The continuing low birth rate and higher life expectancy in Greece will transform the population.
The study conducted by the Hellenic Association of Geriatrics and Gerontology (HAGG) says that the age pyramid in Greece will change dramatically by 2050. The most significant change will probably be the transition to a much older population, which is already evident in several EU Member States.
The study was conducted in light of the International Day of Older Persons (October 1), and emphasizes the low birth rate which has become a chronic problem in Greece.
According to the data presented in the study, the average fertility rate of children per couple is 1.26, remaining stable in recent years, with the EU average being 1.49. It should be noted that in order to keep the population number stable, the fertility rate should be above 2.1. Greece and Italy record the third lowest birth rate (9 percent) in the EU, after Germany (8.4 percent) and Portugal (8.5 percent).
The study says that based on the low birth rate and the aging population, it is estimated that the population in Greece will decline from 11 million in 2013 to 8.3 to 10 million in 2050. The population drop will range from 800,000 to 2.5 million people.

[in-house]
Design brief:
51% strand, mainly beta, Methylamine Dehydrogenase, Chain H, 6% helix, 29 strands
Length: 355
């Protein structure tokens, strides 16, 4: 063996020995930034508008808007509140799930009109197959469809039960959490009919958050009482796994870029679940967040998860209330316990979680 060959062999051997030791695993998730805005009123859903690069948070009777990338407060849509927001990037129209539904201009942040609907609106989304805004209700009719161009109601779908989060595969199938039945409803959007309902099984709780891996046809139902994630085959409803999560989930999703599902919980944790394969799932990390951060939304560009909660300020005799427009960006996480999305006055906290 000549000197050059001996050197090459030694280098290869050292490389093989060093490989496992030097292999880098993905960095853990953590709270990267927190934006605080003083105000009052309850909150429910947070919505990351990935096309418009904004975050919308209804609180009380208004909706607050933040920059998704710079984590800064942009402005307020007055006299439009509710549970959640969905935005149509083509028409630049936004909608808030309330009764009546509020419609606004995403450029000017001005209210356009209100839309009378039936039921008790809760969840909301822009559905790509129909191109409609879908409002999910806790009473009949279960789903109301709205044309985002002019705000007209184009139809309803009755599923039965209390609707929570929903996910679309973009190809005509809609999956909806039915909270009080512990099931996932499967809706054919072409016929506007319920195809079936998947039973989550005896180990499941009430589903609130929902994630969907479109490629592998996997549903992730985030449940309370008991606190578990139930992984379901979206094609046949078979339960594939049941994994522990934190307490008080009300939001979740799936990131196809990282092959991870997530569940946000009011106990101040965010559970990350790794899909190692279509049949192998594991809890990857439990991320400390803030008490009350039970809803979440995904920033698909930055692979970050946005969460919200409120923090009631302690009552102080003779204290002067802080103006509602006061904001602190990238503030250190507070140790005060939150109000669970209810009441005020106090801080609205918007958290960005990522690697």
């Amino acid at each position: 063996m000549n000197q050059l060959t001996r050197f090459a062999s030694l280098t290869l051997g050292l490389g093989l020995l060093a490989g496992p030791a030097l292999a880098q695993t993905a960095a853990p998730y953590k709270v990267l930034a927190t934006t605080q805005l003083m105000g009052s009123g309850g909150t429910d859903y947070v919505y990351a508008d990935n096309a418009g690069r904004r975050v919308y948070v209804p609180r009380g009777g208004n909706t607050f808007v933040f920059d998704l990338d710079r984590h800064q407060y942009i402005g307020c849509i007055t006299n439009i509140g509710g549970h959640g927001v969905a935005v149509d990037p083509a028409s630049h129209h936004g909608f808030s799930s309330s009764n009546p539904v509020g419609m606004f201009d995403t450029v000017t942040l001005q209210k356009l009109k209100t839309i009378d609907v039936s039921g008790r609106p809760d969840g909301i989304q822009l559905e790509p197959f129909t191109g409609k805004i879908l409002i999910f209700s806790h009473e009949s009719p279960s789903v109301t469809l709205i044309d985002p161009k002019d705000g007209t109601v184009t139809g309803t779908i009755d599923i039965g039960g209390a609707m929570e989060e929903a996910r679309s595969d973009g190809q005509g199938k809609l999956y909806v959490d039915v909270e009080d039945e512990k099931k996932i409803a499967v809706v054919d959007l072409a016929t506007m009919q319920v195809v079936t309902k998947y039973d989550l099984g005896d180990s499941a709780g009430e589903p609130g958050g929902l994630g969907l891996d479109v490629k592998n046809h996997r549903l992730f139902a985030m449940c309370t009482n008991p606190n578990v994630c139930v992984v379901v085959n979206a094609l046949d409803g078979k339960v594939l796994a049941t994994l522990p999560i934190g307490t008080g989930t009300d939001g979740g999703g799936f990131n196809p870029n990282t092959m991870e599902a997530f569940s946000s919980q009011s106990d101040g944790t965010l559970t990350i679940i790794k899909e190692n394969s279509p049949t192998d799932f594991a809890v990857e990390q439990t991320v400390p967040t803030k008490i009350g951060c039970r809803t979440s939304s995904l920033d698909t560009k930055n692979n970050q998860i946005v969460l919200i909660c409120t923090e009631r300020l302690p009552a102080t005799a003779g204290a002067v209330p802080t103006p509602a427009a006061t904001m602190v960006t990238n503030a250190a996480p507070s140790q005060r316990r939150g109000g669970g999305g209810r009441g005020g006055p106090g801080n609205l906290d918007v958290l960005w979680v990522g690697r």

The EU population on January 1, 2016 was estimated at 510.3 million. Children (0 to 14 years old) accounted for 15.6 percent of the EU population, while those considered to be working (15 to 64 years old) accounted for 65.3 percent. The elderly (65 and over) accounted for 19.2 percent, an increase of 0.3 percent compared to the previous year and an increase of 2.4 percent compared to 10 years ago.
According to Eurostat, Italy (22.0 percent), Greece (21.3 percent) and Germany (21.1 percent) had the highest rates of age over 65, while Ireland had the lowest (13.2 percent).
Based on the United Nations estimates on the prospects of world population from 2010 to 2050, an increase of 188 percent is foreseen for people aged over 65, 351 percent for people over 85 and 1004 percent for persons over 100 years. These spectacular increases in the elderly population are in contrast to an increase of just 22 percent of the general population aged 0-64 years over the same period.
In the Europop 2015 projections, the EU population is expected to peak at about 528.6 million in 2050 and then decline gradually to 518.8 million by 2080.